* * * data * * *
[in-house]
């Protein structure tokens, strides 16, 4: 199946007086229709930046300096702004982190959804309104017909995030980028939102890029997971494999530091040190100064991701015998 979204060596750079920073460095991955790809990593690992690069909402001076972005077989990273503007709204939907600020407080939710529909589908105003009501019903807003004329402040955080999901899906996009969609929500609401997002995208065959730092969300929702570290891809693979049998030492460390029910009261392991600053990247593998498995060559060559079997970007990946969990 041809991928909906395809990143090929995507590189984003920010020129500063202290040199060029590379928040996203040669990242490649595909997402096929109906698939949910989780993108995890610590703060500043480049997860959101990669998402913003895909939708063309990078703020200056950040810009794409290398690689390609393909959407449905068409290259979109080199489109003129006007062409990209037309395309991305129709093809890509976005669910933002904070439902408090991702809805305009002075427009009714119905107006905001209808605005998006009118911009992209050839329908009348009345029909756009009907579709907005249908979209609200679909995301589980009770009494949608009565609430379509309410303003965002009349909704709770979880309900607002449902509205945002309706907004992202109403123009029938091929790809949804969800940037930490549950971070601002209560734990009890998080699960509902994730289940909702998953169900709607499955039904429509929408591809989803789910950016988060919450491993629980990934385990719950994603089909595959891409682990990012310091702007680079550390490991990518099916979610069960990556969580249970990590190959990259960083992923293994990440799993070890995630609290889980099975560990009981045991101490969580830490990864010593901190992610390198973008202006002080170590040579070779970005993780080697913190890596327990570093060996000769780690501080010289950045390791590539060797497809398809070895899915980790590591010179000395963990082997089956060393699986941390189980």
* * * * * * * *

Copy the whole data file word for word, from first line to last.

[in-house]
């Protein structure tokens, strides 16, 4: 199946007086229709930046300096702004982190959804309104017909995030980028939102890029997971494999530091040190100064991701015998 979204060596750079920073460095991955790809990593690992690069909402001076972005077989990273503007709204939907600020407080939710529909589908105003009501019903807003004329402040955080999901899906996009969609929500609401997002995208065959730092969300929702570290891809693979049998030492460390029910009261392991600053990247593998498995060559060559079997970007990946969990 041809991928909906395809990143090929995507590189984003920010020129500063202290040199060029590379928040996203040669990242490649595909997402096929109906698939949910989780993108995890610590703060500043480049997860959101990669998402913003895909939708063309990078703020200056950040810009794409290398690689390609393909959407449905068409290259979109080199489109003129006007062409990209037309395309991305129709093809890509976005669910933002904070439902408090991702809805305009002075427009009714119905107006905001209808605005998006009118911009992209050839329908009348009345029909756009009907579709907005249908979209609200679909995301589980009770009494949608009565609430379509309410303003965002009349909704709770979880309900607002449902509205945002309706907004992202109403123009029938091929790809949804969800940037930490549950971070601002209560734990009890998080699960509902994730289940909702998953169900709607499955039904429509929408591809989803789910950016988060919450491993629980990934385990719950994603089909595959891409682990990012310091702007680079550390490991990518099916979610069960990556969580249970990590190959990259960083992923293994990440799993070890995630609290889980099975560990009981045991101490969580830490990864010593901190992610390198973008202006002080170590040579070779970005993780080697913190890596327990570093060996000769780690501080010289950045390791590539060797497809398809070895899915980790590591010179000395963990082997089956060393699986941390189980």